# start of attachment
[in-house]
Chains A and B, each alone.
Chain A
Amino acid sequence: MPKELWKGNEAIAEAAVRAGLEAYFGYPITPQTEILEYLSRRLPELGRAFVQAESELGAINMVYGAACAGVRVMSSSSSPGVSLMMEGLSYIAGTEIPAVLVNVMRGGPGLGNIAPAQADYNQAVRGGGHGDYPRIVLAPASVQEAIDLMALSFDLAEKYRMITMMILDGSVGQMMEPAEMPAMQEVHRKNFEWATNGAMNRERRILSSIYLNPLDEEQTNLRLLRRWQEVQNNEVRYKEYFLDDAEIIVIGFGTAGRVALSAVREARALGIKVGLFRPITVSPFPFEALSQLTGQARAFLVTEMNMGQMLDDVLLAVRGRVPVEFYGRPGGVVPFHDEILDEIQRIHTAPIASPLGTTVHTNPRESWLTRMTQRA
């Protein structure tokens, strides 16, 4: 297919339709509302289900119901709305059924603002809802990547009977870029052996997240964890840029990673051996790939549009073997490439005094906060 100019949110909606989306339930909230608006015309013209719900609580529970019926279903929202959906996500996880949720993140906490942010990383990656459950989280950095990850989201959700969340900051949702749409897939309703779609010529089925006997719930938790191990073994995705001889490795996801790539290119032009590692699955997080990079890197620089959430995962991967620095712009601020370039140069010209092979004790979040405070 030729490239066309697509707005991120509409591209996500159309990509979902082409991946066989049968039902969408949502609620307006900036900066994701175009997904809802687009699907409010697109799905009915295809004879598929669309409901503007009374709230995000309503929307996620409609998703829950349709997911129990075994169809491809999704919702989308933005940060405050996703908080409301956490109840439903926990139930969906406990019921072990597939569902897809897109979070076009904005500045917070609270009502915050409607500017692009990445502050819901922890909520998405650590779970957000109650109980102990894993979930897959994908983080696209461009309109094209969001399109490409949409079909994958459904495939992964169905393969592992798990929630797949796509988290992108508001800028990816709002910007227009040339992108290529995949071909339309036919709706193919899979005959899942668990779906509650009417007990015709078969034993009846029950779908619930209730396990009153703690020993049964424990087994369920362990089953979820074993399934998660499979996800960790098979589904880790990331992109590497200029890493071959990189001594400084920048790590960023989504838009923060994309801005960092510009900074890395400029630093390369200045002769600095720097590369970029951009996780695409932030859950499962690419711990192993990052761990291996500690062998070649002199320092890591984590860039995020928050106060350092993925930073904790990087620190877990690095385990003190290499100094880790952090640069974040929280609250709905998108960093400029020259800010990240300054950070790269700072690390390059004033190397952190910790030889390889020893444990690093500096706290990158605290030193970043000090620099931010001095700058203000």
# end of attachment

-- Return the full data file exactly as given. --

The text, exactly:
[in-house]
Chains A and B, each alone.
Chain A
Amino acid sequence: MPKELWKGNEAIAEAAVRAGLEAYFGYPITPQTEILEYLSRRLPELGRAFVQAESELGAINMVYGAACAGVRVMSSSSSPGVSLMMEGLSYIAGTEIPAVLVNVMRGGPGLGNIAPAQADYNQAVRGGGHGDYPRIVLAPASVQEAIDLMALSFDLAEKYRMITMMILDGSVGQMMEPAEMPAMQEVHRKNFEWATNGAMNRERRILSSIYLNPLDEEQTNLRLLRRWQEVQNNEVRYKEYFLDDAEIIVIGFGTAGRVALSAVREARALGIKVGLFRPITVSPFPFEALSQLTGQARAFLVTEMNMGQMLDDVLLAVRGRVPVEFYGRPGGVVPFHDEILDEIQRIHTAPIASPLGTTVHTNPRESWLTRMTQRA
């Protein structure tokens, strides 16, 4: 297919339709509302289900119901709305059924603002809802990547009977870029052996997240964890840029990673051996790939549009073997490439005094906060 100019949110909606989306339930909230608006015309013209719900609580529970019926279903929202959906996500996880949720993140906490942010990383990656459950989280950095990850989201959700969340900051949702749409897939309703779609010529089925006997719930938790191990073994995705001889490795996801790539290119032009590692699955997080990079890197620089959430995962991967620095712009601020370039140069010209092979004790979040405070 030729490239066309697509707005991120509409591209996500159309990509979902082409991946066989049968039902969408949502609620307006900036900066994701175009997904809802687009699907409010697109799905009915295809004879598929669309409901503007009374709230995000309503929307996620409609998703829950349709997911129990075994169809491809999704919702989308933005940060405050996703908080409301956490109840439903926990139930969906406990019921072990597939569902897809897109979070076009904005500045917070609270009502915050409607500017692009990445502050819901922890909520998405650590779970957000109650109980102990894993979930897959994908983080696209461009309109094209969001399109490409949409079909994958459904495939992964169905393969592992798990929630797949796509988290992108508001800028990816709002910007227009040339992108290529995949071909339309036919709706193919899979005959899942668990779906509650009417007990015709078969034993009846029950779908619930209730396990009153703690020993049964424990087994369920362990089953979820074993399934998660499979996800960790098979589904880790990331992109590497200029890493071959990189001594400084920048790590960023989504838009923060994309801005960092510009900074890395400029630093390369200045002769600095720097590369970029951009996780695409932030859950499962690419711990192993990052761990291996500690062998070649002199320092890591984590860039995020928050106060350092993925930073904790990087620190877990690095385990003190290499100094880790952090640069974040929280609250709905998108960093400029020259800010990240300054950070790269700072690390390059004033190397952190910790030889390889020893444990690093500096706290990158605290030193970043000090620099931010001095700058203000």